The middle to late bulungmayines, Gungaroo and Wanburoo lacked digit 1 of the hind foot and digits 2 and 3 were reduced and partly under the large digit 4, much like the modern kangaroo foot. This would indicate that they were bipedal. In addition their ankle bones had an articulation that would have prohibited much lateral movements, an adaptation for bipedal hopping. Species related to the modern grey kangaroos and wallaroos begin to appear in the Pliocene. The red kangaroo appears to be the most recently evolved kangaroo with its fossil record not going back beyond the Pleistocene period, 1–2 mya.
Europeans have long regarded kangaroos as strange animals. Early explorers described them as creatures that had heads like deer (without antlers), stood upright like men, and hopped like frogs. Combined with the two-headed appearance of a mother kangaroo, this led many back home to dismiss them as travellers' tales for quite some time. The first kangaroo to be exhibited in the western world was an example shot by John Gore, an officer on Captain Cook's Endeavour in 1770. The animal was shot and its skin and skull transported back to England whereupon it was stuffed (by taxidermists who had never seen the animal before) and displayed to the general public as a curiosity. The first glimpse of a kangaroo for many 18th-century Britons was a painting by George Stubbs.
Comparison with wallabies
Kangaroos and wallabies belong to the same taxonomic family (Macropodidae) and often the same genera, but kangaroos are specifically categorised into the six largest species of the family. The term wallaby is an informal designation generally used for any macropod that is smaller than a kangaroo or wallaroo that has not been designated otherwise.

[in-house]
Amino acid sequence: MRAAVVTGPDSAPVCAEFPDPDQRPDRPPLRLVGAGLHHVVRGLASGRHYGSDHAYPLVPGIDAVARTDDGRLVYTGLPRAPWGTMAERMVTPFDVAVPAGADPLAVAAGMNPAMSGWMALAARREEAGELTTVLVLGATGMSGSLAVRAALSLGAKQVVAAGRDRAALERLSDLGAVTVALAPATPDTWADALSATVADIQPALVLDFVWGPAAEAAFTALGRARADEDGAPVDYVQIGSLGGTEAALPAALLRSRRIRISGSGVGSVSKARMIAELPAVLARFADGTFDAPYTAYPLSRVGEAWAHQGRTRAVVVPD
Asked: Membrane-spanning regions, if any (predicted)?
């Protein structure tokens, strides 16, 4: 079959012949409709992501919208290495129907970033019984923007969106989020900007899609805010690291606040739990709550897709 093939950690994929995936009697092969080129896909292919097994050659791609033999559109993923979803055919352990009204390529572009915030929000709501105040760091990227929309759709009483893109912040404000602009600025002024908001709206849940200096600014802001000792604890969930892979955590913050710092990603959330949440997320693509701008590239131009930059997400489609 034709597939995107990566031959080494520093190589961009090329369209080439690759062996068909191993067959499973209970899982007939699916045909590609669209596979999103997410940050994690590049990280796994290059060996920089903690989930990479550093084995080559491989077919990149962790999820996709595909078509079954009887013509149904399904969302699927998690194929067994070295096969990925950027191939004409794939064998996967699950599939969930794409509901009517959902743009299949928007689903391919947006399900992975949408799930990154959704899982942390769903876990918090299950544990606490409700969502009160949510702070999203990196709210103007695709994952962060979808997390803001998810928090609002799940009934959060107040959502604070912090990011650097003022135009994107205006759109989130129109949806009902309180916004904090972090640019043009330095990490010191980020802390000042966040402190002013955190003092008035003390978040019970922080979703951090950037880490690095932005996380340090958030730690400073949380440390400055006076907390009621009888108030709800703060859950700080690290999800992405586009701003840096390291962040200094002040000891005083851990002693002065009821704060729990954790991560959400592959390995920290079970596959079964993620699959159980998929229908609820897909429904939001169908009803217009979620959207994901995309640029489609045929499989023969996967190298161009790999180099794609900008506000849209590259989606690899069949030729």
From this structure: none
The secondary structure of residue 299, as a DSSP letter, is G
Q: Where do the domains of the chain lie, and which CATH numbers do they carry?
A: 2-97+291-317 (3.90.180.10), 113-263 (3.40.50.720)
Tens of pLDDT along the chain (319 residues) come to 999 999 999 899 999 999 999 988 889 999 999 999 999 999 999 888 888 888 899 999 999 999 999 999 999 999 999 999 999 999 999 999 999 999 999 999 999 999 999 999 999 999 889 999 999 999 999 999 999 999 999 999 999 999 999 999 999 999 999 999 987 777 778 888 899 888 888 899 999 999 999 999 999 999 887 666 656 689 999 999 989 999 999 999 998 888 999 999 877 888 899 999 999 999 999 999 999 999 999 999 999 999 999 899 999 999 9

Biology and behaviour
See also: Red kangaroo § Behaviour, and Eastern grey kangaroo § Behaviour
Kangaroos are the only large animals to use hopping as a means of locomotion. The comfortable hopping speed for a red kangaroo is about 20–25 km/h (12–16 mph), but speeds of up to 70 km/h (43 mph) can be attained over short distances, while it can sustain a speed of 40 km/h (25 mph) for nearly 2 km (1.2 mi). This fast and energy-efficient method of travel has evolved because of the need to regularly cover large distances in search of food and water, rather than the need to escape predators. At slow speeds, it employs pentapedal locomotion, using its tail to form a tripod with its two forelimbs while bringing its hind feet forward. Kangaroos are adept swimmers, and often flee into waterways if threatened by a predator. If pursued into the water, a kangaroo may use its forepaws to hold the predator underwater so as to drown it.
Kangaroos have single-chambered stomachs quite unlike those of cattle and sheep. They sometimes regurgitate the vegetation they have eaten, chew it as cud, and then swallow it again for final digestion, but this is a different, and more strenuous, activity than it is in ruminants, and does not take place as frequently. Different species of kangaroos have different diets, although all are strict herbivores. The eastern grey kangaroo is predominantly a grazer, eating a wide variety of grasses, whereas some other species (e.g. the red kangaroo) include significant amounts of shrubs in their diets. The smaller species of kangaroos also consume hypogeal fungi. Many species are nocturnal, and crepuscular, usually spending the days resting in shade, and the cool evenings, nights and mornings moving about and feeding.